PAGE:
June 14th is the start of men’s health week this year, addressing the physical, mental, and emotional health of men around the world. Awareness of men’s health is vital, particularly for male dominated industries such as construction and engineering. There is often a reputation surrounding careers in construction and on worksites that a level of ‘masculinity’ is expected, potentially leading to unhealthy work practices and wellbeing. This is why it is important to continue providing support systems for men, allowing for a new, and positive message to be spread as well as reducing the stigma surrounding emotional and mental health.
Wellbeing is highly supported among our teams at Highfield, with fitness opportunities like yoga and meditation classes in the office, as well as two trained mental health first aiders. We always aim to look after staff and provide as much support as possible; engaging in their wellbeing to create a positive and enjoyable work environment.
We thought it would be a great opportunity to speak to one of our consultants, Josh, who is very successful in his role and someone who is committed to looking after his health both physical and mental. Here are some of his tips!
|| What do you do to care for your mental and physical health?
I always do my best to make sure that I’m in a good headspace and can tackle any challenges that are thrown my way. I attend a CrossFit gym most days and compliment this with running, swimming, cycling or walking. As well as this, I try to find time in my day for reading/listening to books to make sure I’m always learning about new ways to deal with life!
|| How often?
Every single day I’ll make sure I do any or all of the above – these are my non negotiables and I’m pretty grumpy if I don’t do any of it. I guess that’s proof that it works!
|| Why do you do it?
These are the things that make me feel good. I think it’s great to always be learning and growing whether that is personally of professionally and I’m by no means the best at any of the above so it’s a journey that helps keep me motivated and mentally robust.
|| What challenges do you think men face in regards to their health (mental, physical etc)?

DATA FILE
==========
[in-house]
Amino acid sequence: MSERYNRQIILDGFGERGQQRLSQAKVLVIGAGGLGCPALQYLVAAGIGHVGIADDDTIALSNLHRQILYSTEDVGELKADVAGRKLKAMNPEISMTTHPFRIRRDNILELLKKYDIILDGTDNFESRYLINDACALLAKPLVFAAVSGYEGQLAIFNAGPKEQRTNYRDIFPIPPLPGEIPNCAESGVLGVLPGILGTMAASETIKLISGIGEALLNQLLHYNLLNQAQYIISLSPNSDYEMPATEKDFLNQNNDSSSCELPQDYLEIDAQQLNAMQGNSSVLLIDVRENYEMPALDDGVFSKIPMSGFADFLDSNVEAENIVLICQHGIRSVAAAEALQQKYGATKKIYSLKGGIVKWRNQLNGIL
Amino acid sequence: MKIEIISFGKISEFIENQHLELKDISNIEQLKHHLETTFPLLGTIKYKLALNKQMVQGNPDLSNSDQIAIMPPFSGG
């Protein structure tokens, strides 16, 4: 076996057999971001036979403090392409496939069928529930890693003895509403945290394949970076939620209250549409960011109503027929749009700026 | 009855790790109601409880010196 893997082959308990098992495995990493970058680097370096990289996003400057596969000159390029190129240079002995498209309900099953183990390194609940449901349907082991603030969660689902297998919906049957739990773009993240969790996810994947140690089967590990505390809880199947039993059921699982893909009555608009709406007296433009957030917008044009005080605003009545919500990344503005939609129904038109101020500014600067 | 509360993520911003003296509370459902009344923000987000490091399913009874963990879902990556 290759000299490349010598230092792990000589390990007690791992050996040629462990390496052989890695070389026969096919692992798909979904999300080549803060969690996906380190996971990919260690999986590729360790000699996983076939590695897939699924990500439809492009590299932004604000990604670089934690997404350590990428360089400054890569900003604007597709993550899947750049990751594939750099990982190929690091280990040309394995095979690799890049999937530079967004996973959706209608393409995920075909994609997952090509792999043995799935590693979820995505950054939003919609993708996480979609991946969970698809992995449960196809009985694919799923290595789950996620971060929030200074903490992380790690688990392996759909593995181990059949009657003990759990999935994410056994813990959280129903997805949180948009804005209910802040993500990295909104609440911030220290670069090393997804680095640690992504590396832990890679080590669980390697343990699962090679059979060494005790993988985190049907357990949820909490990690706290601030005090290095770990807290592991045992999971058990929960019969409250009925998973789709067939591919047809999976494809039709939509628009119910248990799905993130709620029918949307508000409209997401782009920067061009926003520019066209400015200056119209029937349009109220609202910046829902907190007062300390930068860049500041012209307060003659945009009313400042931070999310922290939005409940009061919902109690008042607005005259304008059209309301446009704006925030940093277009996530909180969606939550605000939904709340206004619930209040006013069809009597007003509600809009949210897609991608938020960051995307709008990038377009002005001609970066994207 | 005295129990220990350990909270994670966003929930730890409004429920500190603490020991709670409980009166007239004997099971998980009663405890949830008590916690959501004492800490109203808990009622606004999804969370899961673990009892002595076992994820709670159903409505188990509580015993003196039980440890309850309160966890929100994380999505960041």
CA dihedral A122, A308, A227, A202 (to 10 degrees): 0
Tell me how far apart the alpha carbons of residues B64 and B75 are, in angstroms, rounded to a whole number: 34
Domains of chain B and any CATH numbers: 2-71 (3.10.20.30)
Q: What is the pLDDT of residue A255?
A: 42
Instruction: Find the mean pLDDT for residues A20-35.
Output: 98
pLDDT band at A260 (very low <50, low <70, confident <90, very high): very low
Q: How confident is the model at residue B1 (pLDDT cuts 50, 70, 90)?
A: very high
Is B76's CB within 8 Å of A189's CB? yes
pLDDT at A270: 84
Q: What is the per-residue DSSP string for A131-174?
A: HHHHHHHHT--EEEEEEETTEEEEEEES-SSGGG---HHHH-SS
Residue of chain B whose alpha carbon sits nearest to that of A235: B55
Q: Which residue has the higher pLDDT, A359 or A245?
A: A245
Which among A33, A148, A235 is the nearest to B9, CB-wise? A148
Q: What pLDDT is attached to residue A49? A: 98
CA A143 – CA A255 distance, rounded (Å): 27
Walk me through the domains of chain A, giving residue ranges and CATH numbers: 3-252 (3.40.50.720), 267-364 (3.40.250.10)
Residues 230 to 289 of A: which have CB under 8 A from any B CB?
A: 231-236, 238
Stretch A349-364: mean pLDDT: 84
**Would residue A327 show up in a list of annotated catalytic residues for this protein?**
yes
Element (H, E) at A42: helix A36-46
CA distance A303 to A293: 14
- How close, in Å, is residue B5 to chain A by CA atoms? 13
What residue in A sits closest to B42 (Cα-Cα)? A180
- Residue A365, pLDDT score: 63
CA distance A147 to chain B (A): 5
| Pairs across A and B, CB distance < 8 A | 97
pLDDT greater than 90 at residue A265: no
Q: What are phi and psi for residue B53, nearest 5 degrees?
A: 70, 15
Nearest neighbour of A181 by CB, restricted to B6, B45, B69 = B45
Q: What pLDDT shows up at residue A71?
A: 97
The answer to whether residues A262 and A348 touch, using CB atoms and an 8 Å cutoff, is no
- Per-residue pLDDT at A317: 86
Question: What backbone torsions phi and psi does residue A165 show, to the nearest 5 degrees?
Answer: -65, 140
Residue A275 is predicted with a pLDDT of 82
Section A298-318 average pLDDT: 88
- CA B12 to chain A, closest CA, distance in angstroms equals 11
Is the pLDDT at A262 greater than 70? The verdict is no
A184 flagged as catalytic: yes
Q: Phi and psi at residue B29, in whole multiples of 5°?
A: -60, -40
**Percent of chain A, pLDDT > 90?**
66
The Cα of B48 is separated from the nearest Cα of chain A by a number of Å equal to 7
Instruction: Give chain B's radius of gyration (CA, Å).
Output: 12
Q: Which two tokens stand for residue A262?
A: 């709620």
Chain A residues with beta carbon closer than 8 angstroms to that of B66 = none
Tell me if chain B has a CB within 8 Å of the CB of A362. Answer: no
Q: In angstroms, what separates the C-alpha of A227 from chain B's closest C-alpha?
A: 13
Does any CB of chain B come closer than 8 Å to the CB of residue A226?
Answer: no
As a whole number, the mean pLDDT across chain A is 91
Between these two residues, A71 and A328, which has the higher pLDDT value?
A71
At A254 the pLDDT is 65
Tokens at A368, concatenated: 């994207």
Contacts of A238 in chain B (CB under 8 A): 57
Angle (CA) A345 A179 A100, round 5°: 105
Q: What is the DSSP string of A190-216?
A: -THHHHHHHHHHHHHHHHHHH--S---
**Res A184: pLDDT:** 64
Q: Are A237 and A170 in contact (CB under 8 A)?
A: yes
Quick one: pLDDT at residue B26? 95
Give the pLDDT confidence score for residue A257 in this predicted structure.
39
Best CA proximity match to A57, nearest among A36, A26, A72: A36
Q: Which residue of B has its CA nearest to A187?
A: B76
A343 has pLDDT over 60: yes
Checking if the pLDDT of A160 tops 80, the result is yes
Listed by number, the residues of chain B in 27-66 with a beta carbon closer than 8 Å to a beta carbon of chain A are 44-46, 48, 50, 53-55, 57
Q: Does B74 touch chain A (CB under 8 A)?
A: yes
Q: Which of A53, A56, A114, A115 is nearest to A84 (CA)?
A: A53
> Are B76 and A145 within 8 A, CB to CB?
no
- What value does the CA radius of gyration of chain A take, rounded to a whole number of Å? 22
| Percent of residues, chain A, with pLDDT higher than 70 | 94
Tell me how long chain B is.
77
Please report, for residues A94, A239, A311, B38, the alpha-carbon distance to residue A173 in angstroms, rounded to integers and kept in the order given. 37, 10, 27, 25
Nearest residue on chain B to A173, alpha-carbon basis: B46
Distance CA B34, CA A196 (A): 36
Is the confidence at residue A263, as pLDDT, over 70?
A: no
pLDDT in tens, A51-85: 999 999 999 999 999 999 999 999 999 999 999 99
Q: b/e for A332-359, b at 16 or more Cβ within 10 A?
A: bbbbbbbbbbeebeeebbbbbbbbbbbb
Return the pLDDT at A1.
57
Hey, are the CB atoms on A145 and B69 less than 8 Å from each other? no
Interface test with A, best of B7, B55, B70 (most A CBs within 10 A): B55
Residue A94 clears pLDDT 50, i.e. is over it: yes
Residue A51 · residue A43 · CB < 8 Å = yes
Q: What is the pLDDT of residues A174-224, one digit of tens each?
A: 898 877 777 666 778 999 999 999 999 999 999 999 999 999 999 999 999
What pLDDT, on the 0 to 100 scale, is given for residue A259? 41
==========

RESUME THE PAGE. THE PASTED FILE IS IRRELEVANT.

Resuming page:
I think there is a lot of pressure for men to put on a brave face and not show weakness when in uncomfortable and unfamiliar situations. It is ok to ask questions if you’re unsure. I think it’s always a lot quicker to say you can’t deal with a certain situation than to struggle through it, get anxious about it and then not be able to do any of it. People need to understand it’s okay not to have all the answers and that they can’t always be good at everything all the time.
|| Do you have any advice for other men wanting to do more for their health?
Be brave enough to be bad at something new. Find something that interests you and makes you feel good/happy, obsess over it, go through the initial stages of learning and then continue to grow and excel. Maybe try it with a friend or someone that has similar interests – who knows, you could make new friends or join a new community of like-minded people!
Be selfish with your time. Time is finite and we only have a limited amount of it, don’t spend time doing things that don’t result in you being a happier, better version of yourself.
For international men’s health week this year, there is the CAN DO challenge which focuses on helping any negative effects this pandemic may have had on the health and wellbeing of men. With communication being such a main focus over the last year as we turned to working and living remotely, there is a desire to continue this drive for connection and extending it towards a more personal level. Discussing mental health worries at home and in the workplace will always be the first, and biggest step to take.
For each day of this awareness week, there is a themed task to complete for the CAN DO challenge to help our journeys back to stability and positivity. It is flexible and adaptable, allowing for creativity in how you choose to take part. This helps to keep the focus on ensuring men’s health is prioritised, while being achievable and accessible for everyone. Anyone can take part and it is designed to help reconnect people and get you active, improving men’s wellbeing.
Connect with other people. For example call an old friend that you haven’t spoken to since before lockdown, or check in on your neighbour and see how they’re doing.
Get out of the house and get your body moving. Take part in any form of exercise or activities to keep up your physical health.
Have a break from social media, phones, and computers in order to take notice of the environment around you. This can be embracing nature, people, hobbies, etc.
Learn something new. Read a new book, try a new skill, learn a new language (maybe in preparation for when we can start travelling safely again)
Do something for someone else. It’s been proven to boost mental health when we perform kind gestures for other people, whether that’s family, friends, or strangers
We often miss our surroundings as we get caught up in busy lives and routines, so it can be important to regain perspective and enjoy what’s around you or something you love. It easy to get caught up in our jobs without taking a step back to review our health, ensuring we have perspective and the chance to focus on what we need or want.
Mental, physical, and emotional health should always be cared for, but with stigma still surrounding these for men, it can be difficult to take the right steps. The idea of having to be ‘masculine’ often means the avoidance of expressing emotion and feelings, creating a damaging way of working and living. Embrace this week as a chance to reflect on your personal health and that of friends, neighbours, and colleagues. We can all work together to make an environment that is supportive and positive for men’s health.